Anindita Mookerjee Sinha, communication mentor, perceives a shift in the dynamics. Previously consumers were seen as royalty for brands, but there is now a growing awareness of brands potentially taking legal action against consumers for defamation.

What people would like is a fast turnaround time, credibility, and maximum interest on any financial investment.
Anindita Mookerjee Sinha, communication mentor, advocacy, and thought leader

Brands are increasingly mindful of how many followers sway public perception and how far a consumer can escalate a complaint.

It has been observed that people have won cases against brands and received substantial amounts of money as compensation. This clearly shows that the outcome depends on how effectively customers can follow up and are aware of social media strategies.

“There are some brands that are not bothered no matter how many people write about them. For BFSIs, when they are governed under entities such as the Reserve Bank of India (RBI)/The Securities and Exchange Board of India(SEBI), they are alert about the regulatory implications, or if their discrepancies go public, it might affect their reputation and even their stock value might decrease. What people would like is a fast turnaround time, credibility, and maximum interest on any financial investment,” says Sinha.

Industry experts believe that companies need to handle online interactions by separating helpful feedback from baseless complaints, staying respectful to loyal customers, and protecting their integrity.

A PR and corp comm head of an integrated digital creative agency shares, on the condition of anonymity, that today, proactive solutions and empowered customers are the new standard. Brands are ditching the excessive deference and focussing on clear communication and self-service options.

The evolving interplay of social media, brands, and their CEOs

Today, the interplay between social media and brands has undergone significant evolution with the participation of their CEOs. These platforms have become powerful tools for shaping public perception and the CEOs are increasingly leveraging these tools to engage with their audience and enhance their brand image.

However, social media has also been instrumental in spotlighting a disparity between some CEOs public personas and the actual experiences of their employees. While a CEO's social media presence can boost brand image, a disconnect between their online persona and the company culture can disillusion both employees and customers.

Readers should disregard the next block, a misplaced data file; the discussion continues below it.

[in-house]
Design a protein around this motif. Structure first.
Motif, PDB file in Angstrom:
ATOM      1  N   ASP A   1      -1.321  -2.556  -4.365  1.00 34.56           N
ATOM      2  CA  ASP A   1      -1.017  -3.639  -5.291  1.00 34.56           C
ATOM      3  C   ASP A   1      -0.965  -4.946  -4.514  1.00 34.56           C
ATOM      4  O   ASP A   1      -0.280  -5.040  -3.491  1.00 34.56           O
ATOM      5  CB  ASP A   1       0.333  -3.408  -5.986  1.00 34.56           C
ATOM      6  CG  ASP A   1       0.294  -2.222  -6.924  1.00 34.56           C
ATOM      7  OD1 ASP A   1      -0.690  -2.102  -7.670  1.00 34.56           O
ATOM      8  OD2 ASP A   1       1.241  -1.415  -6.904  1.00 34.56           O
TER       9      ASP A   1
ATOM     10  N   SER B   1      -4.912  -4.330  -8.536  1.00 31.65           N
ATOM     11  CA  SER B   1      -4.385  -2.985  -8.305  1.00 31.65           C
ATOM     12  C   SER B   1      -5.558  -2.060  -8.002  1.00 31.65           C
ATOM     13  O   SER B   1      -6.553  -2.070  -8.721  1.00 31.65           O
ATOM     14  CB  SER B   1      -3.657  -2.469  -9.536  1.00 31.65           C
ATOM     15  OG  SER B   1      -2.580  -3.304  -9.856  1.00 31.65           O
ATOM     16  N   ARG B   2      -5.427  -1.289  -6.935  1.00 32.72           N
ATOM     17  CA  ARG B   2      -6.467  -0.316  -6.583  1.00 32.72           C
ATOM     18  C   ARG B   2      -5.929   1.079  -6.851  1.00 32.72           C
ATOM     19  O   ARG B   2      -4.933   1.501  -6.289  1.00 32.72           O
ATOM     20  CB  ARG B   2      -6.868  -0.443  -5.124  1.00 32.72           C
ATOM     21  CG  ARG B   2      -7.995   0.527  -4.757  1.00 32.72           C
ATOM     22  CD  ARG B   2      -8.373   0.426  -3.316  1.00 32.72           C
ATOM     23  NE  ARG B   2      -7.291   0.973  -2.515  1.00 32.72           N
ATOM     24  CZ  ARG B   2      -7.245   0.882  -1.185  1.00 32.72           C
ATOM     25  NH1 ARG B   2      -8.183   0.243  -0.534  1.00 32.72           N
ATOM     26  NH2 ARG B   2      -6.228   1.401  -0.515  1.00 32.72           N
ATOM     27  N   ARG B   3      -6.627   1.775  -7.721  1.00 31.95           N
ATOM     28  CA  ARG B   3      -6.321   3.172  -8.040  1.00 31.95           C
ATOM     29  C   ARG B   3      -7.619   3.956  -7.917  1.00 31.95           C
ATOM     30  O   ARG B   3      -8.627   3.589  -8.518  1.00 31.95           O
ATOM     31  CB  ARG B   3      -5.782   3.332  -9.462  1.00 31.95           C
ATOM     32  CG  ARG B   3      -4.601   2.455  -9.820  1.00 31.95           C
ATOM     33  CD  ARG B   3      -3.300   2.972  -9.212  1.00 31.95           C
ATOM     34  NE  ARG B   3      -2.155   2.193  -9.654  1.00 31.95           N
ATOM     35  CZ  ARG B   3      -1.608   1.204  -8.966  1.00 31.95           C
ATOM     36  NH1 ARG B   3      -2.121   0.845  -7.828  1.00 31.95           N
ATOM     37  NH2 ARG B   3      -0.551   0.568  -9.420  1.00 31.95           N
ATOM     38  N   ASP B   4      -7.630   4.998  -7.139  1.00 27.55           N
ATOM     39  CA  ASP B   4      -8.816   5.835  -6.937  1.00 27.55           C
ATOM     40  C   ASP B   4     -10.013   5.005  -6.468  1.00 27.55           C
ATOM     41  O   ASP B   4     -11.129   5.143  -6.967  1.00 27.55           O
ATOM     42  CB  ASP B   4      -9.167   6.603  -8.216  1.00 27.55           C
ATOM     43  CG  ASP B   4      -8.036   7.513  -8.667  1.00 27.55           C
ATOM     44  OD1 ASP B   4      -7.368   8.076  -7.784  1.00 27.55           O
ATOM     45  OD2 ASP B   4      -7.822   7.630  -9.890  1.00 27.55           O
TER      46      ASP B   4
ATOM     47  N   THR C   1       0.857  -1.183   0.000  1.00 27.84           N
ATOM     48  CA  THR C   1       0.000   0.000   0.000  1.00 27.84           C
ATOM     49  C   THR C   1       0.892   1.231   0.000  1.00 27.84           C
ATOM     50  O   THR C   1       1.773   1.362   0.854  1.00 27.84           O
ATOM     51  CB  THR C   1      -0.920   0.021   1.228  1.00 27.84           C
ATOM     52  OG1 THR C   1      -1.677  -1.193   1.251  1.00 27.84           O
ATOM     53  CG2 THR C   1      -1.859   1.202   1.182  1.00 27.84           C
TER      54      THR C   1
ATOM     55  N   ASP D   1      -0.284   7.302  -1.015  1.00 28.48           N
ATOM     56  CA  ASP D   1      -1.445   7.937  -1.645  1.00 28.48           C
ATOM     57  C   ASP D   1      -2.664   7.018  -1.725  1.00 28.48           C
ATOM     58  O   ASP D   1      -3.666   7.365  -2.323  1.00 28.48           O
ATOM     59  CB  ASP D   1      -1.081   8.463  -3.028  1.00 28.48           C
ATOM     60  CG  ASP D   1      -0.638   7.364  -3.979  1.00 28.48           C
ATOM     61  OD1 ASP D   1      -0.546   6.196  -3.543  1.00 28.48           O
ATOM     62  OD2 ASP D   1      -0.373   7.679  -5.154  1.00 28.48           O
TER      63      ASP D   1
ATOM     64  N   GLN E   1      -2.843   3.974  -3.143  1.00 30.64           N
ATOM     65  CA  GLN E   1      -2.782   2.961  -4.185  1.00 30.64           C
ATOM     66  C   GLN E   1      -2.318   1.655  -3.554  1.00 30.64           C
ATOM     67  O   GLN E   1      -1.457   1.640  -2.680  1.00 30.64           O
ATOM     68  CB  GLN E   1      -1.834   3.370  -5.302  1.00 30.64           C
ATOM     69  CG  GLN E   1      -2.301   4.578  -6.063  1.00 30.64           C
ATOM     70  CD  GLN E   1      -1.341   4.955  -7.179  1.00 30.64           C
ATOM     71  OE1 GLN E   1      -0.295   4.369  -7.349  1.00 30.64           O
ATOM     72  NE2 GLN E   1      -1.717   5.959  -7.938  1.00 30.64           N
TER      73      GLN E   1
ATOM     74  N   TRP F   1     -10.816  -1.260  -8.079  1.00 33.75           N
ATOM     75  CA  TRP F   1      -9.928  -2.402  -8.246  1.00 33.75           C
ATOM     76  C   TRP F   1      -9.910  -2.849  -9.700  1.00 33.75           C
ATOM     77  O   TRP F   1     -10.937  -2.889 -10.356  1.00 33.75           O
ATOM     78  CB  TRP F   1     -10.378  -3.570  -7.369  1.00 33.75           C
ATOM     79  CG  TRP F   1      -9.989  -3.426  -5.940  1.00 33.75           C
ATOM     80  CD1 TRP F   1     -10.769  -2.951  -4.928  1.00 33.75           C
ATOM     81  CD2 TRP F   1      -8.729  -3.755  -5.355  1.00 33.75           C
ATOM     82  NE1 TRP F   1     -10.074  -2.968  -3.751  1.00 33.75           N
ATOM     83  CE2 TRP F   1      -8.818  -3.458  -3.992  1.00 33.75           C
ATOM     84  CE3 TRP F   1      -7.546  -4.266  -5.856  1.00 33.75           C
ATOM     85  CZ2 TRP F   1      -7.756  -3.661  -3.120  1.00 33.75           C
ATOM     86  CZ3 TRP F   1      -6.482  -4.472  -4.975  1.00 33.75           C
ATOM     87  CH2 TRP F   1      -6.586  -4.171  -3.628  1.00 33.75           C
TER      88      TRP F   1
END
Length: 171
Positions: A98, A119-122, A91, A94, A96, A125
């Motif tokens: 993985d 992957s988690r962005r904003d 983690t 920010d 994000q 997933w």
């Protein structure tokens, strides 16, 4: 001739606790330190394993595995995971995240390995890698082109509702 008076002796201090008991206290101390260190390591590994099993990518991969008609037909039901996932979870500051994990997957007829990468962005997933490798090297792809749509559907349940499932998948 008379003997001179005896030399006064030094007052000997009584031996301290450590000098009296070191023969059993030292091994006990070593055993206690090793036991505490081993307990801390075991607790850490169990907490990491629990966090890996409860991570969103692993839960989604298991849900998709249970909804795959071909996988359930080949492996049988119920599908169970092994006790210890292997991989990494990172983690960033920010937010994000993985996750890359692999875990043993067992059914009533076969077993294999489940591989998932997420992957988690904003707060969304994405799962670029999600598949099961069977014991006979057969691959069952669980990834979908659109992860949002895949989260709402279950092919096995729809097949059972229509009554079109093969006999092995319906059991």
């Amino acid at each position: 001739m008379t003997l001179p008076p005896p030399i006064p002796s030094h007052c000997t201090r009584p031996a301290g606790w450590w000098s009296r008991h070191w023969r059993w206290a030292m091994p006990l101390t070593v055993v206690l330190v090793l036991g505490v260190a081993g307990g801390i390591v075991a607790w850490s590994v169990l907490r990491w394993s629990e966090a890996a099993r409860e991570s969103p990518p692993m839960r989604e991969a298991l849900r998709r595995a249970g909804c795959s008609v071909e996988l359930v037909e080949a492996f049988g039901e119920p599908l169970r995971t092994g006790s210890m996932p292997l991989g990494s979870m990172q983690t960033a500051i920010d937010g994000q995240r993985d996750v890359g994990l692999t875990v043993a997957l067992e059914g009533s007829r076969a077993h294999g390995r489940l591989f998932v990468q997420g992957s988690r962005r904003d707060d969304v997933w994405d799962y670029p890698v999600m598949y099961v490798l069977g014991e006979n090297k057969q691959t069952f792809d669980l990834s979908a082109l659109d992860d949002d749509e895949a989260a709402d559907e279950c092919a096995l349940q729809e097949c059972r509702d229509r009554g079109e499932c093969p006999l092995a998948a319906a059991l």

Tarunjeet Rattan
Tarunjeet Rattan
In today's day and age, consumers want authenticity in a very real sense.
Tarunjeet Rattan, managing partner, Nucleus PR

Rattan says that the more popular the founder and her/ his personal brand, more are the expectations from the brand they create. More the strife between their personal and professional, more the customers become jaded and ensure a swift fall.

"In today's day and age, consumers want authenticity in a very real sense. And this is a great move that should encourage more brands to create experiences inside and outside the company that resonates with the founders brand," she states.

“The public would not know the discord between CEOs and employees because I don't think there are people who write against their companies while being on the job,” she adds.

Engineer shares that earlier, the tools of this projection were different; now social media have become the most prominent platforms. It can happen that the employee experience is very different from what is being projected by the CEO.

He says, “There is no way out but to walk the talk. If the CEO says the brand stands for certain values and actions, whether they are oriented towards employees or customers, then that should be reflected by the ground reality. If not, the brand – and CEO – will stand exposed.”

Madhukar Kumar
Madhukar Kumar
By aligning the CEO's public persona with the company's internal culture, organisations can ensure that their external image genuinely reflects their internal values.
Madhukar Kumar, founder and chief strategist, Grey Cell Public Relations

Kumar conveys that issues arise from various internal factors that are not always visible to the public. To bridge this gap, consistent and authentic communication from both leadership and the organisation is essential.

“By aligning the CEO's public persona with the company's internal culture, organisations can ensure that their external image genuinely reflects their internal values,” he says.

“The message for brands today is clear: embrace transparency, empower customers, and ensure that CEOs’ social media persona reflects reality. It is the only way to navigate the new customer experience revolution,” says the PR and corp comm head.